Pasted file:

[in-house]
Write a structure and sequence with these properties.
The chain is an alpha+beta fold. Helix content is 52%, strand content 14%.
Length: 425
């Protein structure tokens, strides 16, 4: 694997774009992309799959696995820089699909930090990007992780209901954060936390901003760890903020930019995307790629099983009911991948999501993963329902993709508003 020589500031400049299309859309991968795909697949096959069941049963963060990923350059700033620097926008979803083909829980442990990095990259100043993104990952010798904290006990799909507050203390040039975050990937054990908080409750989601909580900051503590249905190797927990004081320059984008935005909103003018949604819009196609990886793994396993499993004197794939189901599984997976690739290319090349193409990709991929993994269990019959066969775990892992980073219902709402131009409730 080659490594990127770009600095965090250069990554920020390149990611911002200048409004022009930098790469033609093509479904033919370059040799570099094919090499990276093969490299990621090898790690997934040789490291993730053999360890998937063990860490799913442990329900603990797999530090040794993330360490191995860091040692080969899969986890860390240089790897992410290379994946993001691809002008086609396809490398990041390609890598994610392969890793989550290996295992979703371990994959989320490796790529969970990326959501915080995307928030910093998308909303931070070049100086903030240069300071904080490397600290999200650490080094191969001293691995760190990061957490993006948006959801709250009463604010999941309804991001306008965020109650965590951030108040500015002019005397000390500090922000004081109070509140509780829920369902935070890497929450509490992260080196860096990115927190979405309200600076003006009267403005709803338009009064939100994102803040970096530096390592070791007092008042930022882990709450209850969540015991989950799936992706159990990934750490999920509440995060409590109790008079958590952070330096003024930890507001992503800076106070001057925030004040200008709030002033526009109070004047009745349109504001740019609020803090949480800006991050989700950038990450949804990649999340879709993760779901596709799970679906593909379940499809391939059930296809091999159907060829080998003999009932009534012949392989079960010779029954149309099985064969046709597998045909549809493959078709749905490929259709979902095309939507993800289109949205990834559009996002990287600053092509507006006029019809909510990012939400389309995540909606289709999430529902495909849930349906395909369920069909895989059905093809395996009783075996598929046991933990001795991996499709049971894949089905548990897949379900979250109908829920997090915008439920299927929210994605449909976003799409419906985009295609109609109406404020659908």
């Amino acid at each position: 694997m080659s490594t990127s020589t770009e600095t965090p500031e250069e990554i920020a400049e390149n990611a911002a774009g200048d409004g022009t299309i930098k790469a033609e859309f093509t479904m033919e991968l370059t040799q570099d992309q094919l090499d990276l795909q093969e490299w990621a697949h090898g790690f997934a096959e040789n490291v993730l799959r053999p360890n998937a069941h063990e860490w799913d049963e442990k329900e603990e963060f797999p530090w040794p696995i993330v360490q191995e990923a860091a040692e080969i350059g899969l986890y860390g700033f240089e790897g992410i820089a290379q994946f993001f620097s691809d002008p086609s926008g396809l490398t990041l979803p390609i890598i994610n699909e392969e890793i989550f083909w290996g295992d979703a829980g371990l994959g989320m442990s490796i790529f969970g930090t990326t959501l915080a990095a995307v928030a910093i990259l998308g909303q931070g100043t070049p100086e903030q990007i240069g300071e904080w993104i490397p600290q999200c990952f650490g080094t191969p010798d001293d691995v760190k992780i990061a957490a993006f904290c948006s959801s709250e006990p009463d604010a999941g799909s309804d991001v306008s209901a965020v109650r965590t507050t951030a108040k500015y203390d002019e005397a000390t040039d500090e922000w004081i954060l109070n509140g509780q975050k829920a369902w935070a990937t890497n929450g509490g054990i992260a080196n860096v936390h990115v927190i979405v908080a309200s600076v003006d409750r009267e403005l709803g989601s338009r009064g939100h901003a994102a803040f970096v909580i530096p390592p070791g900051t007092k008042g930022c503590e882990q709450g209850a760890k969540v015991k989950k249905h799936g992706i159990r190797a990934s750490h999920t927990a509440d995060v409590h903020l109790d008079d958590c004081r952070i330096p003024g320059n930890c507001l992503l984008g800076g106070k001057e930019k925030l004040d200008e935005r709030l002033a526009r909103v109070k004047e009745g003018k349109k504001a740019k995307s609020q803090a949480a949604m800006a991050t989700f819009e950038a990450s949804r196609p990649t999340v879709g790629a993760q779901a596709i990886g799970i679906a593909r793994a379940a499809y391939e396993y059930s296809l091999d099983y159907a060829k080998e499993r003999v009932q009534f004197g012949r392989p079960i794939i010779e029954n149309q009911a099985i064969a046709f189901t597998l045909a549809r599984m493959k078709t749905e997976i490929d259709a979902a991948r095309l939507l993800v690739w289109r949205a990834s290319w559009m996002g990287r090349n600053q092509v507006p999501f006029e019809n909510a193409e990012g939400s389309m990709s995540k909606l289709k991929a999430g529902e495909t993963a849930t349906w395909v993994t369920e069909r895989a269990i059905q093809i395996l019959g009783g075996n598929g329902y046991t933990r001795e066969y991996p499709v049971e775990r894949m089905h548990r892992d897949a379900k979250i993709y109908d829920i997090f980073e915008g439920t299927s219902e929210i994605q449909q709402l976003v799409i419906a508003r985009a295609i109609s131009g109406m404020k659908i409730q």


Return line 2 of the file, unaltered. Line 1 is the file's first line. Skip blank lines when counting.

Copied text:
Write a structure and sequence with these properties.